Deep Fried Kindness

There is something about Kindness that touches me deeply. I type this with one hand and eating a piece of deep-fried goodness. It’s called bannock.

I love bannock, in a variety of forms, but today it’s not what has filled me up. It’s kindness.


Two heads appeared at the back door during dinner rush tonight with raised eyebrows and a request for two eggs and a quarter cup of baking powder. “We’re making bannock” the emissaries said. The young guides had been sent to fetch the staples and a glance out the window told me the others were preparing the portable propane stoves to deep fry.

“We brought some moose meat too!” I was told. Ah. I wondered at supper why no one stuck around for seconds.

The guides like to mix it up once in a while. It’s not an offense to our cooking; I understand it well. Moose meat and bannock is home food, like biscuits, goulash and beef barley soup is mine.

Most of the guides are from a small settlement near here of about one hundred people. A few come from further towns and most stay in the bunkhouse at the end of the island for their 4-7 day shifts between visits home. Some are here most of the summer. Almost all are Cree – lending a heritage to what home cooking might mean.


IMG_6039Dropping things off at the outdoor freezer after supper I passed Becky, who had pulled tomorrow’s meat but also visited with the guides during their clean up.

“A nice night for bannock.” I mentioned. Outside the freezer shack was cooler than our 800-degree kitchen.

“Want some?” She had a plate of it with her pile of meats. “They had moose meat, too! It was good.”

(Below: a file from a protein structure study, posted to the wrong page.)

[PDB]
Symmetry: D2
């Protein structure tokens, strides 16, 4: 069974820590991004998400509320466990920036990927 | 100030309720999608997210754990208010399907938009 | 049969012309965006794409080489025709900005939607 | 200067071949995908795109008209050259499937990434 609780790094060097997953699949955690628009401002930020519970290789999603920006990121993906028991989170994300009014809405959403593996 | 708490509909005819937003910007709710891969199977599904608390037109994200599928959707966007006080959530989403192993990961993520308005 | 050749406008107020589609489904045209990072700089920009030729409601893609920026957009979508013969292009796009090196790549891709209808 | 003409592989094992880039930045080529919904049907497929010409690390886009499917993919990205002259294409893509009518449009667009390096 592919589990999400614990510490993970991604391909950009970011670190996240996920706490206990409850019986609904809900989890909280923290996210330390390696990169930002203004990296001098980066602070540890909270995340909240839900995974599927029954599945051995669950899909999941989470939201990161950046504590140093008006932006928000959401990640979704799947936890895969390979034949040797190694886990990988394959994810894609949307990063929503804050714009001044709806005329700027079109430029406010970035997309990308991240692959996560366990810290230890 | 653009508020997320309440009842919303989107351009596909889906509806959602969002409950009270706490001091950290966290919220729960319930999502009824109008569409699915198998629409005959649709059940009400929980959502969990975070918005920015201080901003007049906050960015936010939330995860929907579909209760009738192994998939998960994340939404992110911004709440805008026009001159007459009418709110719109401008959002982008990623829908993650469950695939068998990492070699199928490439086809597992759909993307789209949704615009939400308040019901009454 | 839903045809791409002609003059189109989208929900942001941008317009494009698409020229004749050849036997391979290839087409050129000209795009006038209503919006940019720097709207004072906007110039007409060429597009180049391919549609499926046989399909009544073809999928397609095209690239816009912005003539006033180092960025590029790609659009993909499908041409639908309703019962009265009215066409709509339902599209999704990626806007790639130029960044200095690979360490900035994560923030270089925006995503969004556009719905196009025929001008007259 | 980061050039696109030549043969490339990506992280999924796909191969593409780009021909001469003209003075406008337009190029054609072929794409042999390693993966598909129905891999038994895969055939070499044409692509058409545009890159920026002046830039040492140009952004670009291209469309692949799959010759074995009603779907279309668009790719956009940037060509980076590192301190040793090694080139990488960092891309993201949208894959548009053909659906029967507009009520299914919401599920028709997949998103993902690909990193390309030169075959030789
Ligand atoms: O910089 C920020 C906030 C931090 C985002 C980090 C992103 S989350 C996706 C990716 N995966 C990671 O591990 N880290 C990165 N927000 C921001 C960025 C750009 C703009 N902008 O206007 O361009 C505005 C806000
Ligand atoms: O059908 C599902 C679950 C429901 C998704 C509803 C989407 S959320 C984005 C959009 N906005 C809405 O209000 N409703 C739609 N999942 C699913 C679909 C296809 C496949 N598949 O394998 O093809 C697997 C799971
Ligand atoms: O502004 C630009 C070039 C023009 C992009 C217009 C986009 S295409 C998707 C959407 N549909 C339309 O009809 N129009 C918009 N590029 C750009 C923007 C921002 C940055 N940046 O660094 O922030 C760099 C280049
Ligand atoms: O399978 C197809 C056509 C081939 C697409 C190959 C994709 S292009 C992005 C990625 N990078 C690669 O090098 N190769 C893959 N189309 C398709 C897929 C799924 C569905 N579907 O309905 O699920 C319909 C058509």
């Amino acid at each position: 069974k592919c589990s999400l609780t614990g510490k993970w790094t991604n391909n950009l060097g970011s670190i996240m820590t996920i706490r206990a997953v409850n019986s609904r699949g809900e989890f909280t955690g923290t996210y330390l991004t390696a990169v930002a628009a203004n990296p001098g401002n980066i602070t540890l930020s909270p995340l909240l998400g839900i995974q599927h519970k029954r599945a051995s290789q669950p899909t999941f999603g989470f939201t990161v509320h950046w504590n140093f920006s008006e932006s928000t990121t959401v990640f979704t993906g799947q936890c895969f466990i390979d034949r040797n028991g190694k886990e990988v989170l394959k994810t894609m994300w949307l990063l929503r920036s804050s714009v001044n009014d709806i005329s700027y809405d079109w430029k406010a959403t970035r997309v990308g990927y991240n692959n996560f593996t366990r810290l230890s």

With all of our hands full, I passed on it but appreciated the offer. After finishing my business and heading out the door I said hello to Pat, putting the final touches on the evening event’s clean up.

I asked him how his second-supper was, and he smiled and caught the Lord of the Rings reference. Walking back to the bunkhouses we passed Billy and Wally, my earlier emissaries.

“The guides want words with you, Anne” said one. He never quite seems to remember if I’m “Anne” or “Anna” so it mostly comes out Ann, with a hint of a vowel at the end. (I’ve accepted it. But nobody else is allowed to call me Anne!)

“Oh?” I raised an eyebrow. “Sounds like I’m in trouble!”
Pat chuckled. I said I’d stop by.

I wasn’t in trouble. I was a guest. They had some bannock and moose meat for me to try. It was delicious. But more so, it was an honour.

An honour to be thought of, included, and invited in. An honour to share some food, moments, and without even words, a culture.

I was quiet as I tried the moose meat, fried in oil and onions with gravy.

“She doesn’t like it.” one of them said – perhaps half joking.

“No. I really like it! I was savouring it.” And I told them how it reminded me of Hoshuur and Peroshki, in Mongolia. It had a similar taste, the meat paired with deep-fried bannock. And I was a little lost in thought as I remembered a time of kindness there, too.
I was remembering the lady who fed me binsch (soup.)

Not wanting to offend, I smiled and made amends, talking food and checking out the TV screen before bringing a piece of bannock to my barracks, savouring sweetness.

I forget how I need people to be kind to me.

It’s a powerful thing, and humbling – to be shared with, to be thought of. It fills me up and empties me out, all at the same time.

Kindness.

It is a powerful thing.

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